Search

Building connections to enable disruption

Western Australia in 2029 will be dramatically different from today.

Some cars might be autonomous, drones will be buzzing through the sky, visits to the doctor will be possible online, and household objects will be connected to the web.

But there’s something that needs to underpin all of this – internet infrastructure.

There is already work under way on this front.

(click here to read a PDF of the full 12-page liftout)

Read more: Are we witnessing the death of driving?

Probably the best known is the National Broadband Network, a $50 billion project to deliver broadband across the country with speeds of at least 25 megabits per second.

The alternatives are wireless, either fixed or mobile.

Telstra is already rolling out 5G mobile telecommunications in Western Australia, with access in a zone around Perth CBD.

That connectivity will slowly spread across the metropolitan area in the year ahead.

5G uses shorter wavelengths than earlier cell phone generations and is more powerful.

Telstra network engineering executive Channa Seneviratne said 5G technology would be a major enabler for transport, industrial uses, and at home.

“In five to seven years’ time, 5G will be as ubiquitous as electricity, in my view,” Mr Seneviratne told Business News.

“You’ll see different types of it controlling every aspect of our lives; at home, the way we work, the automation that’ll be possible, entertainment experiences, smart grids.”

Mr Seneviratne said 5G and the NBN would be complementary, with NBN to be used for bigger downloads, while 5G had lower latency.

“To control a vehicle autonomously, you need to send a command, you don’t need to send  a lot of data, but it needs to get to that vehicle quickly,” he said.

“That’s where the low latency of 5G comes into play.

“When you want a vehicle to stop, you need to stop immediately.

“A delay of up to a second, at high speed, not a good thing, you need really low millisecond delays.”

For businesses, 5G could mean high-tech equipment connected to the internet without massive cabling requirements, while for customers, 5G will have virtual reality applications, aiding streaming of sports matches, he said. 

Local internet provider Pentanet is rolling out its own fixed wireless network, a different technology, in Perth.

Pentanet managing director Stephen Cornish said cloud computing was becoming more prevalent. 

That meant data centres would store information, with processing power centralised, so a good link from a home computer or mobile phone was vital, Mr Cornish said.

Mr Cornish said both fixed wireless and 5G could hit speeds faster than fibre optic cables used in the NBN.

But fixed wireless requires line-of-sight to a tower, while 5G can not send signals over very long distances.

Mr Cornish has an ambitious plan for Pentanet.

“I want to bring gigabyte per second internet into the suburbs,” he said.

Add your comment

Included in the following lists:

Number of Employees

Information & Communications Technology

BNiQ Disclaimer

Special Report

Great for the State – Edition 5: Disruption

Great for the State – Edition 5: Disruption

30 July 2019

In this edition, we’re painting a picture of how disruptive technology can change our state for the better.
- How can images of your eye help prevent disease?
- Are driving, petrol and car ownership meeting an end?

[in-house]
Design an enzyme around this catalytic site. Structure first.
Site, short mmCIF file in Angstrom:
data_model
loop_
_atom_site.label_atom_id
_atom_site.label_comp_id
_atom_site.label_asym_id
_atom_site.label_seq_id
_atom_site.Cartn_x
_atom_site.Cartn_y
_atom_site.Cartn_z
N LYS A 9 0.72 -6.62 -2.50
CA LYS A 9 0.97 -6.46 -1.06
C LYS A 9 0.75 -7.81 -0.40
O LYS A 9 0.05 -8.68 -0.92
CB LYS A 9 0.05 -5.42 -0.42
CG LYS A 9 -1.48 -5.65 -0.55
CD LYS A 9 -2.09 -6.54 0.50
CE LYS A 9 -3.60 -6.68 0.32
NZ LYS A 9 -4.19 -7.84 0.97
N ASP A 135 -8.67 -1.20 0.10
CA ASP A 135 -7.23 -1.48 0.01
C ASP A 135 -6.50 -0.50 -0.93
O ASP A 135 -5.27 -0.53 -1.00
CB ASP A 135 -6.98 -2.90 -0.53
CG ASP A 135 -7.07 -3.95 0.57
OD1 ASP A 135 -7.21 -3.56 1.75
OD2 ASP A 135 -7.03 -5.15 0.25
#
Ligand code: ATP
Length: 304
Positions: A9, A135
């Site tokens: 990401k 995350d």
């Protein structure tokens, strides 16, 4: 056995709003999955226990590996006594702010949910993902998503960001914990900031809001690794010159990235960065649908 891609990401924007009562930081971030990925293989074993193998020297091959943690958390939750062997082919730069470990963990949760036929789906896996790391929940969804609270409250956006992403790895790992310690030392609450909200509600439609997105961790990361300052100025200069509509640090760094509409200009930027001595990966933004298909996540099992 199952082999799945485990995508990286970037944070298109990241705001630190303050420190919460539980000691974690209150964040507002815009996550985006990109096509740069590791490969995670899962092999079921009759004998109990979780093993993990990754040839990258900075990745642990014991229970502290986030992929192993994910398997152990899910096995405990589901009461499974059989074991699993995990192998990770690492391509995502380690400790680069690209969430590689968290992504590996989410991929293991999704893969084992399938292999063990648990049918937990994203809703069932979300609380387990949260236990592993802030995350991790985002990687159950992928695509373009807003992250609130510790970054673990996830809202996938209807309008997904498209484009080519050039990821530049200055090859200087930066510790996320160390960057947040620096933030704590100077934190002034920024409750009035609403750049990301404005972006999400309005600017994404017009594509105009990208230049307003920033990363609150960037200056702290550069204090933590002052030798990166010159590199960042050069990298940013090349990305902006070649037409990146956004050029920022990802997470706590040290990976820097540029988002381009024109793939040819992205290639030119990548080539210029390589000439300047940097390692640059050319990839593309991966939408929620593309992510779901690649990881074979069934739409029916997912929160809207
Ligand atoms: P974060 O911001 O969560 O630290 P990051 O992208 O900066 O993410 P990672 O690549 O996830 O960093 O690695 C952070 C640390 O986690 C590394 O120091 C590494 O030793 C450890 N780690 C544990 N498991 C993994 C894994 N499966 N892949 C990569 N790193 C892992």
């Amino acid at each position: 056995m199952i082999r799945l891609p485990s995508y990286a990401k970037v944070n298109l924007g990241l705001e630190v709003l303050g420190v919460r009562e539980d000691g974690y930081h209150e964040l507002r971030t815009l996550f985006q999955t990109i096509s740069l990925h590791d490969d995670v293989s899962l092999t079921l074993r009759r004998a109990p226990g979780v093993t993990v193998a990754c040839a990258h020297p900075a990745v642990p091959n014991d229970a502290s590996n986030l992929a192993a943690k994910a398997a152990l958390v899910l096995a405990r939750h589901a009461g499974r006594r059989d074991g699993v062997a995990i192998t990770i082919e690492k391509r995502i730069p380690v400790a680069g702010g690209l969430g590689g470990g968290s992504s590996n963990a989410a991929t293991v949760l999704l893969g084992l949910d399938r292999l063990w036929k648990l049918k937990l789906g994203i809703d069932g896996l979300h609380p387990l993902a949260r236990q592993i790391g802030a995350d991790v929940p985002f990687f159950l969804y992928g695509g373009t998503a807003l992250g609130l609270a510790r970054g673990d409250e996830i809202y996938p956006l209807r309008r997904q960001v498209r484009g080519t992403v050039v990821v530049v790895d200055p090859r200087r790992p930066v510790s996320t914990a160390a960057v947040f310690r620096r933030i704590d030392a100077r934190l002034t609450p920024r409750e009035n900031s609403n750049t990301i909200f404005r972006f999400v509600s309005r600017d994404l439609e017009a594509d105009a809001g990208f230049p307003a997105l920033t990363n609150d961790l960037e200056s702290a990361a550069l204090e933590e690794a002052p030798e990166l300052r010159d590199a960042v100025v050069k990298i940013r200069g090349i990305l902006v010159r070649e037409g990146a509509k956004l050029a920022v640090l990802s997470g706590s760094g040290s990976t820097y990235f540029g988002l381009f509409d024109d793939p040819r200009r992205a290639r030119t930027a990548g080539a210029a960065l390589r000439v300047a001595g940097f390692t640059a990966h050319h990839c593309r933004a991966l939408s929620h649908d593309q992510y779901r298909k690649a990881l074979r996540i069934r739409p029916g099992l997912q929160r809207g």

Innovation revolution for disease, disability

Innovation revolution for disease, disability 

Technology is dramatically expanding access to and the effectiveness of healthcare from the cities to WA’s most remote parts.

Seven WA disruptions, then and now

Seven WA disruptions, then and now 

We share seven of the many stories of WA ingenuity and entrepreneurship to have had an impact during the past five decades.

Disruption in motion

Disruption in motion 

Three big changes in the transport industry will revolutionise how Western Australians move around in decades to come.

Blue sky opportunities

Blue sky opportunities 

In the dunes of the state’s South West, on the mine sites of the red north, or in remote villages around the world, drones are unlocking opportunities.

Perkins, Green lead modern disruptors

Perkins, Green lead modern disruptors 

Before the business she co-founded attained its $1billion ‘unicorn’ valuation, Melanie Perkins hit a point where she thought she had failed her co-founders.

Building connections to enable disruption

Building connections to enable disruption 

Western Australia in 2029 will be dramatically different from today.

Some cars might be autonomous, drones will be buzzing through the sky, visits to the doctor will be possible online, and household objects will be connected to the web.

Disruption and innovation critical to corporate survival

Disruption and innovation critical to corporate survival 

One of the key findings of our 2019 Global CEO Outlook was that 84 percent of the 1,300 CEOs surveyed told us they want a culture where it is accepted that errors and mistakes are part of the innovation process, yet only 56 percent said that they currently have a culture where ‘fail fast’ innovat

Can AI prevent heart attacks?

Can AI prevent heart attacks? 

PREDICTING if someone is at imminent risk of a heart attack has been for a long time the Holy Grail for heart researchers. WA start-up Artrya Pty Ltd is now applying Artificial Intelligence to the challenge. 

The accelerating mobility revolution

The accelerating mobility revolution  

By 2030, more than 50 per cent of revenue generated by the mobility industry is likely to be disrupted.

The art of disruption : innovation at UWA IQX

The art of disruption : innovation at UWA IQX 

Universities are drivers of innovation, facilitating connections and collaboration between researchers, students, founders, funders, investors, and industry. But accessing these attributes can be difficult.